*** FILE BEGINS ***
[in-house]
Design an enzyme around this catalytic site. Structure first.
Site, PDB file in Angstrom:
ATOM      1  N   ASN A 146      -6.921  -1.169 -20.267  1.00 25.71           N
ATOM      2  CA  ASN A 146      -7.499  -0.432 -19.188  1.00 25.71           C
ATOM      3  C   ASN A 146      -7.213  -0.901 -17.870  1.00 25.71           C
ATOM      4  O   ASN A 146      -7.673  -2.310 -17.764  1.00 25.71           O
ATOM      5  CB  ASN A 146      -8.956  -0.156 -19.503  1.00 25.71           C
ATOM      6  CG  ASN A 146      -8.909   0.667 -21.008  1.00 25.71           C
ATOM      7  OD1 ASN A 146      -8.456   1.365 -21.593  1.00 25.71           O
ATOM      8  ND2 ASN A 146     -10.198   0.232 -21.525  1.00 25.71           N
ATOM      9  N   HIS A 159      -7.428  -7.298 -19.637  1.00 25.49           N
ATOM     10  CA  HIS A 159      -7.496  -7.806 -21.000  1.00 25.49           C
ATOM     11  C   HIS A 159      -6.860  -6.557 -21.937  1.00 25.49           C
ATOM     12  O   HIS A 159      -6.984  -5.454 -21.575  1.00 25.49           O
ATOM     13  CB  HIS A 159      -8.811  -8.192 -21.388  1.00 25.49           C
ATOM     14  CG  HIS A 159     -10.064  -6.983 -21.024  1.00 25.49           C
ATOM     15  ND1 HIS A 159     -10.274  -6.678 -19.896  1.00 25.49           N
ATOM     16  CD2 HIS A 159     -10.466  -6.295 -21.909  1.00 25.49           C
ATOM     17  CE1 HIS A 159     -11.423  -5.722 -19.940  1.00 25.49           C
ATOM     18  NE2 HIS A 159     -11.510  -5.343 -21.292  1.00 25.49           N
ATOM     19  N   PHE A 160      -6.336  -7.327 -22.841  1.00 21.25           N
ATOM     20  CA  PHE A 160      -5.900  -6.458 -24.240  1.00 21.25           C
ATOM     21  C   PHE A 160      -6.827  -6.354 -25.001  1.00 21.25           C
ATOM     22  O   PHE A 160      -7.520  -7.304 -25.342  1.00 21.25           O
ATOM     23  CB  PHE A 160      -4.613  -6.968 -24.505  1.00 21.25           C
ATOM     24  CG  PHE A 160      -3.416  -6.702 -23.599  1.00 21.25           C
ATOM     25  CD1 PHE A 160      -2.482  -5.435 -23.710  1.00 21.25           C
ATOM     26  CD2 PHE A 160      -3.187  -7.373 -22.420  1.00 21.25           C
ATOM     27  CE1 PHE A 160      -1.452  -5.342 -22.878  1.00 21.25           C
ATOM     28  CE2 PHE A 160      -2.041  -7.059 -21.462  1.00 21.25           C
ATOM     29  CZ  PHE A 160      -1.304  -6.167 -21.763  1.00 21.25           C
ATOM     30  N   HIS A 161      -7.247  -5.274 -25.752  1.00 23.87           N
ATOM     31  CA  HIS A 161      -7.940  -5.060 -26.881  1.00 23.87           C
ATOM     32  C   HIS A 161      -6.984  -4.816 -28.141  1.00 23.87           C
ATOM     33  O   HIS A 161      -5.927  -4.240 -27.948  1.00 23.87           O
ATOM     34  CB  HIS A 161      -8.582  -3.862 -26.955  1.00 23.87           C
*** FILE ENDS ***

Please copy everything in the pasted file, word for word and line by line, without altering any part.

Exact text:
[in-house]
Design an enzyme around this catalytic site. Structure first.
Site, PDB file in Angstrom:
ATOM      1  N   ASN A 146      -6.921  -1.169 -20.267  1.00 25.71           N
ATOM      2  CA  ASN A 146      -7.499  -0.432 -19.188  1.00 25.71           C
ATOM      3  C   ASN A 146      -7.213  -0.901 -17.870  1.00 25.71           C
ATOM      4  O   ASN A 146      -7.673  -2.310 -17.764  1.00 25.71           O
ATOM      5  CB  ASN A 146      -8.956  -0.156 -19.503  1.00 25.71           C
ATOM      6  CG  ASN A 146      -8.909   0.667 -21.008  1.00 25.71           C
ATOM      7  OD1 ASN A 146      -8.456   1.365 -21.593  1.00 25.71           O
ATOM      8  ND2 ASN A 146     -10.198   0.232 -21.525  1.00 25.71           N
ATOM      9  N   HIS A 159      -7.428  -7.298 -19.637  1.00 25.49           N
ATOM     10  CA  HIS A 159      -7.496  -7.806 -21.000  1.00 25.49           C
ATOM     11  C   HIS A 159      -6.860  -6.557 -21.937  1.00 25.49           C
ATOM     12  O   HIS A 159      -6.984  -5.454 -21.575  1.00 25.49           O
ATOM     13  CB  HIS A 159      -8.811  -8.192 -21.388  1.00 25.49           C
ATOM     14  CG  HIS A 159     -10.064  -6.983 -21.024  1.00 25.49           C
ATOM     15  ND1 HIS A 159     -10.274  -6.678 -19.896  1.00 25.49           N
ATOM     16  CD2 HIS A 159     -10.466  -6.295 -21.909  1.00 25.49           C
ATOM     17  CE1 HIS A 159     -11.423  -5.722 -19.940  1.00 25.49           C
ATOM     18  NE2 HIS A 159     -11.510  -5.343 -21.292  1.00 25.49           N
ATOM     19  N   PHE A 160      -6.336  -7.327 -22.841  1.00 21.25           N
ATOM     20  CA  PHE A 160      -5.900  -6.458 -24.240  1.00 21.25           C
ATOM     21  C   PHE A 160      -6.827  -6.354 -25.001  1.00 21.25           C
ATOM     22  O   PHE A 160      -7.520  -7.304 -25.342  1.00 21.25           O
ATOM     23  CB  PHE A 160      -4.613  -6.968 -24.505  1.00 21.25           C
ATOM     24  CG  PHE A 160      -3.416  -6.702 -23.599  1.00 21.25           C
ATOM     25  CD1 PHE A 160      -2.482  -5.435 -23.710  1.00 21.25           C
ATOM     26  CD2 PHE A 160      -3.187  -7.373 -22.420  1.00 21.25           C
ATOM     27  CE1 PHE A 160      -1.452  -5.342 -22.878  1.00 21.25           C
ATOM     28  CE2 PHE A 160      -2.041  -7.059 -21.462  1.00 21.25           C
ATOM     29  CZ  PHE A 160      -1.304  -6.167 -21.763  1.00 21.25           C
ATOM     30  N   HIS A 161      -7.247  -5.274 -25.752  1.00 23.87           N
ATOM     31  CA  HIS A 161      -7.940  -5.060 -26.881  1.00 23.87           C
ATOM     32  C   HIS A 161      -6.984  -4.816 -28.141  1.00 23.87           C
ATOM     33  O   HIS A 161      -5.927  -4.240 -27.948  1.00 23.87           O
ATOM     34  CB  HIS A 161      -8.582  -3.862 -26.955  1.00 23.87           C